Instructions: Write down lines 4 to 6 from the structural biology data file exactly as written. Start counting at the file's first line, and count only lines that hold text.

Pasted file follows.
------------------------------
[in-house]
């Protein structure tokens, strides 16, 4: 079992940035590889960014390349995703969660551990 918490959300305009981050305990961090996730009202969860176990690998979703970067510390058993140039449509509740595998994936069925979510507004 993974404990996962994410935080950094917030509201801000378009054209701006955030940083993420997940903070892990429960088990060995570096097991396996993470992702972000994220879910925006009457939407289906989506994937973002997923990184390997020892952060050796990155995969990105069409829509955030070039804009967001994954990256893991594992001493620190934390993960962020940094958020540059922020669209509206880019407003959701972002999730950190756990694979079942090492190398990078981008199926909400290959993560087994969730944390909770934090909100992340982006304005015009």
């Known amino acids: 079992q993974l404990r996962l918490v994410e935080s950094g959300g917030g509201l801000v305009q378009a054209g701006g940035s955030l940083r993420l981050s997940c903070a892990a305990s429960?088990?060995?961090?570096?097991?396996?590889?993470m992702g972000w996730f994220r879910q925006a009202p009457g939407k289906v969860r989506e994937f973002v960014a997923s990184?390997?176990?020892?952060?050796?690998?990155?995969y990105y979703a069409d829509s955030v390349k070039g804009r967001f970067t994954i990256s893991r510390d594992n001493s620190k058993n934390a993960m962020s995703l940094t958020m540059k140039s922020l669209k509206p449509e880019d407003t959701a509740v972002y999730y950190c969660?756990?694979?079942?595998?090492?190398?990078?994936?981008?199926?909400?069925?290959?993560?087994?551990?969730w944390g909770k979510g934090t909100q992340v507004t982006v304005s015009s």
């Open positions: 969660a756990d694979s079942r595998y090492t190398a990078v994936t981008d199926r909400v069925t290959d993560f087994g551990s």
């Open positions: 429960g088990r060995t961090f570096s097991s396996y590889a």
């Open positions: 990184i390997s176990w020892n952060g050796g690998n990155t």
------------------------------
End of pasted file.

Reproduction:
């Open positions: 969660a756990d694979s079942r595998y090492t190398a990078v994936t981008d199926r909400v069925t290959d993560f087994g551990s």
């Open positions: 429960g088990r060995t961090f570096s097991s396996y590889a």
């Open positions: 990184i390997s176990w020892n952060g050796g690998n990155t």